Joe McCann was already an IRA folk hero when he was gunned down by the British army in his native Belfast on 15 April, 1972. "On the run", the 24-year-old McCann was reputedly the most wanted man in Northern Ireland.
Stories circulated of ‘Big Joe’s’ exploits in the gun battles that followed the imposition of the Falls Road curfew in July 1970 and the introduction of internment without trial in August 1971.
Life magazine then published a photograph, taken on 9 August 1971, of him in silhouette, with an MI carbine resting on his knee and a barricade blazing in front of him, as he and five comrades pinned down a larger force of British soldiers in a seminal firefight.
OIRA man Joe McCann with MI rifle after firing on soldiers from behind blazing bread vans on Eliza street; 9 August 1971 pic.twitter.com/dXc3fRE9Y9— ConflictNI (@ConflictNI) August 9, 2018
As Life put it: "Joe was a tall, thin man who moved only in leaps and crouches … He was an absolute hero to his men, mostly neighborhood irregulars, and as he directed them with grunts and waves of the American semi-automatic carbine he carried in one hand, he looked as though all Ireland were at stake on Eliza Street."
For twelve hours in this firefight, before being surrounded and broken up, Life reported, McCann had effective control of the Markets district in Belfast.
Before sectarian divisions between Catholics and Protestants overcame the civil rights movement in the North, he had been an active campaigner for better and fair public housing allocation. In October 1968, McCann was photographed in a march to Belfast’s City Hall carrying a placard demanding ‘Civil rights for EVERYONE’. He remained loyal to the Dublin-based leadership when the IRA split towards the end of 1969 into what became known as Officials and Provisionals.
On 15 April 1972, paratroopers shot McCann in controversial circumstances. Refusing to halt when challenged by a patrol in the Markets, he turned and ran. Eyewitnesses were adamant that ‘Big Joe’ had been shot once and wounded in the leg when he fell. But a soldier then fired at least ten rounds as he lay on the ground. Media coverage of his killing highlighted the army’s rules for the firing of weapons, and, specifically, whether it had a ‘shoot to kill’ policy.
His killing led to a weekend of rioting and attacks on army posts. The Official IRA killed two soldiers in Derry and an officer in Belfast. The next day, two civilians were killed by the army. Locals in the estate where McCann lived with his family said he had been ‘murdered’ by the army, and, with black flags ‘everywhere’ many wept as his coffin was carried to the church.
Led by a lone piper and his Irish wolfhound, McCann’s military-style funeral on 18 April 1972 was the biggest seen in Belfast up to that point. Around 100 women carrying wreaths followed the Tricolour-draped coffin, as did four MPs, including the internationally-known civil rights leader Bernadette Devlin. The funeral procession included an Official IRA contingent and Provisional IRA members, and thousands lined the route to the cemetery.
An extensive security operation with checkpoints was put in place across the city on the day of the funeral. At the graveside, Cathal Goulding, chief of staff of the Official IRA, made what the New York Times reported as "a dramatic and unexpected appearance after slipping into Belfast under the eyes of the soldiers". In his oration, Goulding said that McCann had been "murdered" by "the agents of imperialism and the Orange junta" in the North.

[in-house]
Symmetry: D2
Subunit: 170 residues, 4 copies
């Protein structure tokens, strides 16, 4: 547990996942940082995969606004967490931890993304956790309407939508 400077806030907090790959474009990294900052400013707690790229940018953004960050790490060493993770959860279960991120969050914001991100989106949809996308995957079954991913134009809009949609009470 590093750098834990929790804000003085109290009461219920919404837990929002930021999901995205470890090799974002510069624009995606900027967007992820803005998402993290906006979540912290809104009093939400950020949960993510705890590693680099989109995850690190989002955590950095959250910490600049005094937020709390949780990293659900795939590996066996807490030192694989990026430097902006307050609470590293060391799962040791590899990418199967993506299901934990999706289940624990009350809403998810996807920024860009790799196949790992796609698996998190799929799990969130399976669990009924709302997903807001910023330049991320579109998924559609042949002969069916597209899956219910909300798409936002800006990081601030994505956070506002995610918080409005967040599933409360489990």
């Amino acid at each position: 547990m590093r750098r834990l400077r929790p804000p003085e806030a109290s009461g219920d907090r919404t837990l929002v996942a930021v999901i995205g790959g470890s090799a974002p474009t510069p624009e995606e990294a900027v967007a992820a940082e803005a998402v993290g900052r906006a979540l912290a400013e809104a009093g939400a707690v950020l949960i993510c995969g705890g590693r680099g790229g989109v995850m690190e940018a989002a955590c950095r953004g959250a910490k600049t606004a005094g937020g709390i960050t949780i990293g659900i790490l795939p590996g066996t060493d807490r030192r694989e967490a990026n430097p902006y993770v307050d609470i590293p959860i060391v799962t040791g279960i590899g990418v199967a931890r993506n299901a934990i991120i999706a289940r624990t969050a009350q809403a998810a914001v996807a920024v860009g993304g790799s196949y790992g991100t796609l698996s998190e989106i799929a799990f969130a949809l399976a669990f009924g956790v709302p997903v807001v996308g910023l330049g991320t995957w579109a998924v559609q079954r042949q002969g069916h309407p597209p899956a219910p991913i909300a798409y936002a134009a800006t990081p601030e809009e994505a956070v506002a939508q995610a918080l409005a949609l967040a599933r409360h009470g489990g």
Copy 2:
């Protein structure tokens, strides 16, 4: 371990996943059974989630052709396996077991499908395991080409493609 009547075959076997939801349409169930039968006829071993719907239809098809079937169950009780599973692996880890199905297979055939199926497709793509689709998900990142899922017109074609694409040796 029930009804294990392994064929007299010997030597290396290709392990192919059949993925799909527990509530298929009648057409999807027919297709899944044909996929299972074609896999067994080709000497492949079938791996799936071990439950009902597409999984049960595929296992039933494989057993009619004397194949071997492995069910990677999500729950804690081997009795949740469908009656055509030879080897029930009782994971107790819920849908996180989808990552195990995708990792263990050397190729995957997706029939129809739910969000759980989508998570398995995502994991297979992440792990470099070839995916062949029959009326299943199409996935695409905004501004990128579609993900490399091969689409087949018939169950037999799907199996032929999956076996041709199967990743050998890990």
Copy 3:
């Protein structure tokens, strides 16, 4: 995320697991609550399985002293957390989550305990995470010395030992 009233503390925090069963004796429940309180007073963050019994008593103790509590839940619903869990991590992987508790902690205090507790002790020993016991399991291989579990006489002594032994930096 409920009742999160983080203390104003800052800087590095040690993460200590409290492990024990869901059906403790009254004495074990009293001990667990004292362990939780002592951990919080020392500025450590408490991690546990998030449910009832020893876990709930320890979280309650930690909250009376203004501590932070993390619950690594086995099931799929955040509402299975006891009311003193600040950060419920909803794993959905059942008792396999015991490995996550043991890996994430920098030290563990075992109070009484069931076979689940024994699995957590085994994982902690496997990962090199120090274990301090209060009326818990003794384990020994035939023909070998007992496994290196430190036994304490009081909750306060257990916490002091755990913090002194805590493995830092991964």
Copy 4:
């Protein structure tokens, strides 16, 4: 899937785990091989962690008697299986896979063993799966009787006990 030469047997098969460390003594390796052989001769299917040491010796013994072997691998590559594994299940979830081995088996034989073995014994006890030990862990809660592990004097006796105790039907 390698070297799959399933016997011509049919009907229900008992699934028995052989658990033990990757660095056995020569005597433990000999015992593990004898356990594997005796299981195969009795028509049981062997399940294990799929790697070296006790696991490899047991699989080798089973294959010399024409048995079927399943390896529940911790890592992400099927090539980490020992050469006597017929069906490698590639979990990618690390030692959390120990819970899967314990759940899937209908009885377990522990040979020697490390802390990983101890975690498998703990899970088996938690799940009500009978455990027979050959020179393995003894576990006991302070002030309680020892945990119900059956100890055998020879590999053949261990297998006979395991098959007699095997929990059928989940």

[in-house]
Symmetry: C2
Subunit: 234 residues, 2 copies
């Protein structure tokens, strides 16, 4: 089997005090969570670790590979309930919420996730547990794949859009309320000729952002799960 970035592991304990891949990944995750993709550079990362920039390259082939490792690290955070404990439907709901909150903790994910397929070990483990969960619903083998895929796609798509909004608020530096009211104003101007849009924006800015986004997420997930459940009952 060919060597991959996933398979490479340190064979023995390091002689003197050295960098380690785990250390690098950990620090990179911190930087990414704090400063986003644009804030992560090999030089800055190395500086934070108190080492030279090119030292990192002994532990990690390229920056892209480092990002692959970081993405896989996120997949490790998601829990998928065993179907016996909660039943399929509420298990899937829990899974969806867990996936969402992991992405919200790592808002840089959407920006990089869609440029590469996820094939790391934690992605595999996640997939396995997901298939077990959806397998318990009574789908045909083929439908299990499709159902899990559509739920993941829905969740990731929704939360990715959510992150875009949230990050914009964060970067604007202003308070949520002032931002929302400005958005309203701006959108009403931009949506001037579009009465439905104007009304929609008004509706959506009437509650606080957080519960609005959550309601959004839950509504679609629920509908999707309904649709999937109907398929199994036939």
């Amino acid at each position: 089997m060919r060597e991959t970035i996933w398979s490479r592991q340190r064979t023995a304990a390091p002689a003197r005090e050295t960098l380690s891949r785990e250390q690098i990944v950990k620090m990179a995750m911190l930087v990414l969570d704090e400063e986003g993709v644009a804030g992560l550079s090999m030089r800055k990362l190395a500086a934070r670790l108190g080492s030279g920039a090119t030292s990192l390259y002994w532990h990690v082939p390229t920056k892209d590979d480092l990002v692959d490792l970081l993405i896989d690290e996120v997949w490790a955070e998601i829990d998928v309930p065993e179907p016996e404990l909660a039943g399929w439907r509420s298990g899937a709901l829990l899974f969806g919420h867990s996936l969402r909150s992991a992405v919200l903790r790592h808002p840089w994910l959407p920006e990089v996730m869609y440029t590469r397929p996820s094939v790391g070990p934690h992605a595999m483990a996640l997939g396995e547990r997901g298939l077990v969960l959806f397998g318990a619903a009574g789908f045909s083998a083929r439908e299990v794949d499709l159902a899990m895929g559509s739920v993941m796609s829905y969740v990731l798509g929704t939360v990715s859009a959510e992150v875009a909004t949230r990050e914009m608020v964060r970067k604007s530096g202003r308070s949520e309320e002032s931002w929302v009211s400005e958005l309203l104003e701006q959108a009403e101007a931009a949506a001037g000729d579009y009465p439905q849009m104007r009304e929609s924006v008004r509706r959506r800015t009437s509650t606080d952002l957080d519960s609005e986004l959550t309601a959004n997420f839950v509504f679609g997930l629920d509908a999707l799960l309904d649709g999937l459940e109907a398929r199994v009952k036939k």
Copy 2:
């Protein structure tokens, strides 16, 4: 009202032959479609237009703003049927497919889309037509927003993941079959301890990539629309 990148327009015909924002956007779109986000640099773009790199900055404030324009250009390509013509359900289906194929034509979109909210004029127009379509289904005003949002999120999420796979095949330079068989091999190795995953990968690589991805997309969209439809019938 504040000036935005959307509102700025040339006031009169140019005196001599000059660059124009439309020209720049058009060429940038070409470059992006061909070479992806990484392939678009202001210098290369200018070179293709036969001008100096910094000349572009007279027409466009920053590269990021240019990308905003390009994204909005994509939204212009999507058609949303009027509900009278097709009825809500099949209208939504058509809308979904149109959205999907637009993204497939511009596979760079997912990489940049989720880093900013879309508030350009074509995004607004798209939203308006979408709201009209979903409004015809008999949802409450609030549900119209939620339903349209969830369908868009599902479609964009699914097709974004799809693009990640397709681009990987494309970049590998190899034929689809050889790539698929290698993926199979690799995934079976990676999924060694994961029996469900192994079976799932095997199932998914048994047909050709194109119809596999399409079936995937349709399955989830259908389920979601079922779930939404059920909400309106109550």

In his short but dramatic career, McCann impressed many, including some of his political adversaries. From prison, a leading loyalist paramilitary figure, Gusty Spence, wrote in a letter of condolence to McCann’s widow: "He was a soldier of the Republic and I a Volunteer of Ulster and we made no apology for what we are ... Joe once did a good turn indirectly and I never forgot him for his humanity."
McCann’s funeral made an impact beyond Belfast. The British Prime Minister Edward Heath demanded to know why no arrests had been made and questioned the army’s policy in relation to arresting IRA leaders who appeared on public occasions. In Washington, the State Department heard that the killing of McCann, and the issuing of the hotly-disputed Widgery report into the Bloody Sunday shootings in Derry, had boosted support for the IRA. In London, a senior member of the government admitted to the Irish ambassador that the British had made "a martyr" of McCann.
Described as a "Che Guevara" figure to the New York Times, it was fitting that Jim Fitzpatrick – the artist who created the Che poster – should do the same for 'Big Joe’.
Paratroopers gunned down Official IRA volunteer Joe McCann on 15 April 1972 in Belfast. British prime minister Edward Heath wanted to know why no arrests were made at the funeral – a showpiece for the Official republican movement. @An_Phoblacht #Troubles #IRA pic.twitter.com/M4KWcXDaSX— John Mulqueen (@JohnMulqueen12) April 26, 2020
Another poster, ‘Soldier of the People’, became popular for a time. And ballads were written about McCann after his death, the best known recorded by Christy Moore. There is a commemorative plaque in the street where McCann fell.
However, the conflict in the North produced other ‘martyrs’ and they too have their tributes. What makes him stand out in Irish republican memory is the black and white photograph of him made famous by Life, one of the most iconic images of the Troubles.
*This piece was submitted to IrishCentral by John Mulqueen, the author of "An Alien Ideology: Cold War Perceptions of the Irish Republican Left" (Liverpool University Press, paperback, 2022).
Love Irish history? Share your favorite stories with other history buffs in the IrishCentral History Facebook group.